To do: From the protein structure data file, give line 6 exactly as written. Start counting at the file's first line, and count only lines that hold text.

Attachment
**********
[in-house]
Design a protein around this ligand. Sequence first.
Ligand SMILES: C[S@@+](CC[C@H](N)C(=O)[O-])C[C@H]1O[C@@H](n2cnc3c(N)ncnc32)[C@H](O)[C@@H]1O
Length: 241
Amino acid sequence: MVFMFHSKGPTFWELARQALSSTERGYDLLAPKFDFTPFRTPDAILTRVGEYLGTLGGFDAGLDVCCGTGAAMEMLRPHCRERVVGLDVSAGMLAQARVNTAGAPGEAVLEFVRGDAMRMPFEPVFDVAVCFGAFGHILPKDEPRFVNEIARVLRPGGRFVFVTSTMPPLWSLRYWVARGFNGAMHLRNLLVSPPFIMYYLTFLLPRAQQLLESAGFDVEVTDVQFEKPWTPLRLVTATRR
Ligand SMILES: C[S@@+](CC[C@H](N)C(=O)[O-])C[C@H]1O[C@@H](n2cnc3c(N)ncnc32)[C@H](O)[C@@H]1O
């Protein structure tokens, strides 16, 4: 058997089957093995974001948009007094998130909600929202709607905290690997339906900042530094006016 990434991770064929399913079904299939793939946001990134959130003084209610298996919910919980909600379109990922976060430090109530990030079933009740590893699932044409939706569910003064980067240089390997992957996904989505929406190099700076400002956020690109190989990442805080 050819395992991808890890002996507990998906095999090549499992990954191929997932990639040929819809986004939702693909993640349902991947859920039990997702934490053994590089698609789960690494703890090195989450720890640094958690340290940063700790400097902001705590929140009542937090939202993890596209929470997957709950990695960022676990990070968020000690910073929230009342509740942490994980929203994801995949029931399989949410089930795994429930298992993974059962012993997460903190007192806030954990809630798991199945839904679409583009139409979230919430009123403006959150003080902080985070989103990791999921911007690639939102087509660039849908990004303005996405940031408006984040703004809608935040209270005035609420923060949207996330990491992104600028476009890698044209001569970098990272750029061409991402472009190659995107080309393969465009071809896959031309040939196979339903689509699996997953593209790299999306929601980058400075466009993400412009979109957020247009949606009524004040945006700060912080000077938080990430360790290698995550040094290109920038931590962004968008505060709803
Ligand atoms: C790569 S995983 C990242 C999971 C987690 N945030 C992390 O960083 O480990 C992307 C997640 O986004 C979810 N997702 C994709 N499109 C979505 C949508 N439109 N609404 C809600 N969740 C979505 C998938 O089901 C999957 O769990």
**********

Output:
Ligand SMILES: C[S@@+](CC[C@H](N)C(=O)[O-])C[C@H]1O[C@@H](n2cnc3c(N)ncnc32)[C@H](O)[C@@H]1O